Nonetheless, the nuking (based on specific language in the plan itself) by an editorialist at a clearly left-leaning outfit of the claim that ObamaCare’s end of life consultations are mere angelic, pressure-free additions to a pure patient-driven plan should be seen as a significant milestone in discrediting the whole unwieldy contraption — which is more than likely why Lane’s contrarian editorial has gained relatively little establishment media.

When you combine Lane’s a clear understanding of how the counseling “feature” would incentivize denial of care with the frightening utilitarianism of many of the President’s closest advisers and the clear evidence that the President himself has succumbed to a great extent to the utilitarian non-ethic, you realize that not only is there is no moral alternative to opposing ObamaCare as it currently stands, but that there is no way to make it acceptable as long as those who are in charge remain in charge.

Perhaps if more beat reporters would actually read the bill and investigate some of the ghoulish beliefs of many of those who are closest to the President, we wouldn’t have to wait for people like Tully at Fortune and Lane at the Post to do it for them. In the old newspapers days, getting scooped by someone on the opinion side would be seen as a humiliation to those in the trenches. Alas, it appears that their capacity for embarrassment has diminished to near nothingness.

Cross-posted at

Can’t Make It Up: Dem Rep Who Opposes Photo ID To Vote Requiring Photo ID For Town Halls

Filed under: Health Care,MSM Biz/Other Bias,Scams,Taxes & Government — Tom @ 2:05 pm

This is Congressman Eugene Green (HT to an e-mailer), Democrat from Texas, telling the world that if you’re not from his District, you’re not welcome at his future town hall meetings — oh, and how he’ll enforce his new rule (bold is his):


This is how Gene Green has voted on laws relating to requiring photo identification to vote (from the web site “On the Issues”):


Any questions?

Oh, I do have a couple:

  • How many dozen other Congressmen who oppose voter ID laws are going to hypocritically enforce voter-ID rules at their town halls — And does that mean that controlling their meetings is more important than controlling the voting process?
  • Will this be newsworthy to the establishment media, which would be all over this if Gene Green were a Republican, and which is scouring town hall sign-in sheets as you read this for evidence of out-of-district attendees?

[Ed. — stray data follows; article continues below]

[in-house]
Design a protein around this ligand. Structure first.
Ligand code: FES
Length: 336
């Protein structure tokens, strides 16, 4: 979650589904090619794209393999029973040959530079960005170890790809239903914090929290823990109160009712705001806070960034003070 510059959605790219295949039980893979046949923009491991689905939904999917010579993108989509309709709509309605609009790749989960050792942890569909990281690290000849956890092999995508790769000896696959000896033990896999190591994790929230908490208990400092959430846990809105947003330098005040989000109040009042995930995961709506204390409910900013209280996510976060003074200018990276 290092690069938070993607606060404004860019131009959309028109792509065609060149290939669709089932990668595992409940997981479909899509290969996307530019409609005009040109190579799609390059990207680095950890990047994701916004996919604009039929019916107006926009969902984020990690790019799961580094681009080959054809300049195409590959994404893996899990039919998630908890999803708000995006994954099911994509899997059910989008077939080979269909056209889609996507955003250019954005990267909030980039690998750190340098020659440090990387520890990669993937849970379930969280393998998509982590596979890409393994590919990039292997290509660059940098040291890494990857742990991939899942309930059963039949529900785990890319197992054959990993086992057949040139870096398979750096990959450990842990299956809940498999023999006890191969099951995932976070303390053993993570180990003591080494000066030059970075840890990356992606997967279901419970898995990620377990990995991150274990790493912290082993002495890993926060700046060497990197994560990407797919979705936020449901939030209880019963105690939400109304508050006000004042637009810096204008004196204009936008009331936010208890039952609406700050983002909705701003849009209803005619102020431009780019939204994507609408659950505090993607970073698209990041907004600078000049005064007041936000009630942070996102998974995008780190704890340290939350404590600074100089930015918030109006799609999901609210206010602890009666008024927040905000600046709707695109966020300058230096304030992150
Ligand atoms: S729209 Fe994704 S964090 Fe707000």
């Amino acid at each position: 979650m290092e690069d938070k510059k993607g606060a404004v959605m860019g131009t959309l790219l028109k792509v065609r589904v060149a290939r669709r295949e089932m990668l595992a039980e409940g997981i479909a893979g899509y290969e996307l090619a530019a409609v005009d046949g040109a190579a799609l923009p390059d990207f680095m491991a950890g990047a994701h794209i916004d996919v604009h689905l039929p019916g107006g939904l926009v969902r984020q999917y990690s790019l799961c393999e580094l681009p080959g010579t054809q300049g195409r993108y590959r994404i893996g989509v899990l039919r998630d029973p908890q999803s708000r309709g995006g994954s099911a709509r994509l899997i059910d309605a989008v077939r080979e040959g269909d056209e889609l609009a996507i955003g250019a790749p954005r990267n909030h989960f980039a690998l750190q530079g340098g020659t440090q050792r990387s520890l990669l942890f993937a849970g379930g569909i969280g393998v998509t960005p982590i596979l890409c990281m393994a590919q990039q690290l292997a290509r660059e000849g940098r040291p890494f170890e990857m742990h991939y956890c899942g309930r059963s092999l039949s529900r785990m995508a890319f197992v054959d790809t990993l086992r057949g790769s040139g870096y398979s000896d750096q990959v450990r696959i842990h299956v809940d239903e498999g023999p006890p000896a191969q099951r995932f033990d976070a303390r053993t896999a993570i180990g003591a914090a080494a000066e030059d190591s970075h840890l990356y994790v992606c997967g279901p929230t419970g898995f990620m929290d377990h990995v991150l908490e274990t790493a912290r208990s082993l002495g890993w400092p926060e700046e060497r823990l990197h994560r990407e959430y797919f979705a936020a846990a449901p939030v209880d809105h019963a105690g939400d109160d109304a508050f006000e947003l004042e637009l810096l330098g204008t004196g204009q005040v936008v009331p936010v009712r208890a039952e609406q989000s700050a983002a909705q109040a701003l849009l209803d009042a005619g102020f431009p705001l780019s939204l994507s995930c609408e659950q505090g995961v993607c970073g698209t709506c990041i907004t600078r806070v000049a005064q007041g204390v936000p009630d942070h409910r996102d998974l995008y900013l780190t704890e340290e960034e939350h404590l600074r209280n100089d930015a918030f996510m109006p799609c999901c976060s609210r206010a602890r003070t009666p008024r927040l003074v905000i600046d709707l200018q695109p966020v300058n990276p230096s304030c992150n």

Cross-posted at

Lucid Econ Links (081109, Morning)

Filed under: Lucid Links — Tom @ 10:24 am

The Bureau of Labor Statistics reported this morning that productivity rose 6.4% in the second quarter. Reuters says that “U.S. non-farm productivity in the second quarter rose at its fastest pace in six years as hours worked fell much steeper than output, while the cost of labor fell at the quickest rate in nine years, data showed on Tuesday.” The result beat expectations of +5.3%.

In the long haul, this is a good thing. It is NOT in and of itself a sign of a recovering economy, though it could be setting the stage for one, IF businesses, entrepreneurs, and investors aren’t still holding back because of the FUD (Fear, Uncertainty, and Doubt) factor.

A report like this during the Bush administration would likely have been combined with an “incomes are stagnant” riff and treated as a sign of employer exploitation. Don’t expect to see that today.


ISM catch-up – The Institute for Supply Management’s Manufacturing Index increased nicely, going from 44.8% in June to 48.9% in July, while the Non Manufacturing Index declined from 47.0% to 46.4% in the same period. The weighted average of the two, assigning 15% to Manufacturing and 85% to Non Manufacturing, increased from 46.67% to 46.775%. On balance, that’s not a lot of progress.

Two other thoughts:

  1. No one can start to claim that a recovery is even occurring until the weighted-average ISM number gets above 50%, because that’s what it takes for expansion (i.e., getting off the trough). But you can almost write it down that some clowns are going to take 50%-plus reading as proof that the recession is over. That would be nice, but it wouldn’t be true unless 50%-plus weighted-average readings continue for several months.
  2. Given how much battering it has taken during the the Manufacturing number has to be viewed as a “we’ve been down so long, it looks like up to me” phenomenon. It beats the alternative, of course, but the sector has a big mountain to climb.

A little history (Manufacturing data is here; Non Manufacturing can be found on a spreadsheet at this link):